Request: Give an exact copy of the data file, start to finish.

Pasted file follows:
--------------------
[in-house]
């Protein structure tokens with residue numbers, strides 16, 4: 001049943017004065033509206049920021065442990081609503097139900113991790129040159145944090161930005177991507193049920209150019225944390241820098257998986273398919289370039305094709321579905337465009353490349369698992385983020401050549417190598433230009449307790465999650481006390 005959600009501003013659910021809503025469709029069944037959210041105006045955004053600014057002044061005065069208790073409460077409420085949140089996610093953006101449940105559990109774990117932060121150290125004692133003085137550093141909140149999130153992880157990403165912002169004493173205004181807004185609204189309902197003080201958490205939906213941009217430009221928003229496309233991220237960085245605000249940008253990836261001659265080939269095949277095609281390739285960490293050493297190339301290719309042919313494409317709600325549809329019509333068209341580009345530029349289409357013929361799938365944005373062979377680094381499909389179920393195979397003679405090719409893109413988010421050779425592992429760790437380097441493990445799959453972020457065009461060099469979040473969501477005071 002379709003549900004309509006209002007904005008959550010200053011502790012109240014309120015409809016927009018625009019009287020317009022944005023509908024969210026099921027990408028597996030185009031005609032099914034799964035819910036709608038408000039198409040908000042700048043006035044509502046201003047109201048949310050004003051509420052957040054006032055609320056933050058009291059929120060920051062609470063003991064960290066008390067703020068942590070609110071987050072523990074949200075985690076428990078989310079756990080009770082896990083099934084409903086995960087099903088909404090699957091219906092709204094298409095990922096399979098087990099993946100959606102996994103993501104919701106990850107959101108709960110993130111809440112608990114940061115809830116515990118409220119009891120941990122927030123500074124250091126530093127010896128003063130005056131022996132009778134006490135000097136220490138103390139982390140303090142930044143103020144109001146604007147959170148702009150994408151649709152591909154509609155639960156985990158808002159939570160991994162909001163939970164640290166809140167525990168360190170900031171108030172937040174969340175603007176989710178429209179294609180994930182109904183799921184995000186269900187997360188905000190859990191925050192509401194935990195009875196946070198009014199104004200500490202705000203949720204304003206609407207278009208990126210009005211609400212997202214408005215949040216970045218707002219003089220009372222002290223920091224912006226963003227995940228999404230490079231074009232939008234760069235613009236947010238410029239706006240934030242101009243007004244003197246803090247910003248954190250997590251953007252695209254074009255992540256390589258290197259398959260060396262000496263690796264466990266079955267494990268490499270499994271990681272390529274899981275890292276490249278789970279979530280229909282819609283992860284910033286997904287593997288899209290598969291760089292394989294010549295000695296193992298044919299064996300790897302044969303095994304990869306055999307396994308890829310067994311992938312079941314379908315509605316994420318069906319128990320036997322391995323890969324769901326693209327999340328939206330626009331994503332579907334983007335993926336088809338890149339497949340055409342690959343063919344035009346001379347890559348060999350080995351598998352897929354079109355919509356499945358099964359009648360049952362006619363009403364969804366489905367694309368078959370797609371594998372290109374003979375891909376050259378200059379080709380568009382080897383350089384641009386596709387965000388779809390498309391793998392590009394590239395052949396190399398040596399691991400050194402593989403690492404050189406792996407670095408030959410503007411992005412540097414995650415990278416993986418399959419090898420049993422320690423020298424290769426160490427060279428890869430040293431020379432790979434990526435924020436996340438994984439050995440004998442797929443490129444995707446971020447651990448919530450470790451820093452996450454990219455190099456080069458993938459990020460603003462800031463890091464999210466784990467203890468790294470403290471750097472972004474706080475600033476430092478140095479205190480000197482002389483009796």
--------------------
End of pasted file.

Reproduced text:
[in-house]
């Protein structure tokens with residue numbers, strides 16, 4: 001049943017004065033509206049920021065442990081609503097139900113991790129040159145944090161930005177991507193049920209150019225944390241820098257998986273398919289370039305094709321579905337465009353490349369698992385983020401050549417190598433230009449307790465999650481006390 005959600009501003013659910021809503025469709029069944037959210041105006045955004053600014057002044061005065069208790073409460077409420085949140089996610093953006101449940105559990109774990117932060121150290125004692133003085137550093141909140149999130153992880157990403165912002169004493173205004181807004185609204189309902197003080201958490205939906213941009217430009221928003229496309233991220237960085245605000249940008253990836261001659265080939269095949277095609281390739285960490293050493297190339301290719309042919313494409317709600325549809329019509333068209341580009345530029349289409357013929361799938365944005373062979377680094381499909389179920393195979397003679405090719409893109413988010421050779425592992429760790437380097441493990445799959453972020457065009461060099469979040473969501477005071 002379709003549900004309509006209002007904005008959550010200053011502790012109240014309120015409809016927009018625009019009287020317009022944005023509908024969210026099921027990408028597996030185009031005609032099914034799964035819910036709608038408000039198409040908000042700048043006035044509502046201003047109201048949310050004003051509420052957040054006032055609320056933050058009291059929120060920051062609470063003991064960290066008390067703020068942590070609110071987050072523990074949200075985690076428990078989310079756990080009770082896990083099934084409903086995960087099903088909404090699957091219906092709204094298409095990922096399979098087990099993946100959606102996994103993501104919701106990850107959101108709960110993130111809440112608990114940061115809830116515990118409220119009891120941990122927030123500074124250091126530093127010896128003063130005056131022996132009778134006490135000097136220490138103390139982390140303090142930044143103020144109001146604007147959170148702009150994408151649709152591909154509609155639960156985990158808002159939570160991994162909001163939970164640290166809140167525990168360190170900031171108030172937040174969340175603007176989710178429209179294609180994930182109904183799921184995000186269900187997360188905000190859990191925050192509401194935990195009875196946070198009014199104004200500490202705000203949720204304003206609407207278009208990126210009005211609400212997202214408005215949040216970045218707002219003089220009372222002290223920091224912006226963003227995940228999404230490079231074009232939008234760069235613009236947010238410029239706006240934030242101009243007004244003197246803090247910003248954190250997590251953007252695209254074009255992540256390589258290197259398959260060396262000496263690796264466990266079955267494990268490499270499994271990681272390529274899981275890292276490249278789970279979530280229909282819609283992860284910033286997904287593997288899209290598969291760089292394989294010549295000695296193992298044919299064996300790897302044969303095994304990869306055999307396994308890829310067994311992938312079941314379908315509605316994420318069906319128990320036997322391995323890969324769901326693209327999340328939206330626009331994503332579907334983007335993926336088809338890149339497949340055409342690959343063919344035009346001379347890559348060999350080995351598998352897929354079109355919509356499945358099964359009648360049952362006619363009403364969804366489905367694309368078959370797609371594998372290109374003979375891909376050259378200059379080709380568009382080897383350089384641009386596709387965000388779809390498309391793998392590009394590239395052949396190399398040596399691991400050194402593989403690492404050189406792996407670095408030959410503007411992005412540097414995650415990278416993986418399959419090898420049993422320690423020298424290769426160490427060279428890869430040293431020379432790979434990526435924020436996340438994984439050995440004998442797929443490129444995707446971020447651990448919530450470790451820093452996450454990219455190099456080069458993938459990020460603003462800031463890091464999210466784990467203890468790294470403290471750097472972004474706080475600033476430092478140095479205190480000197482002389483009796």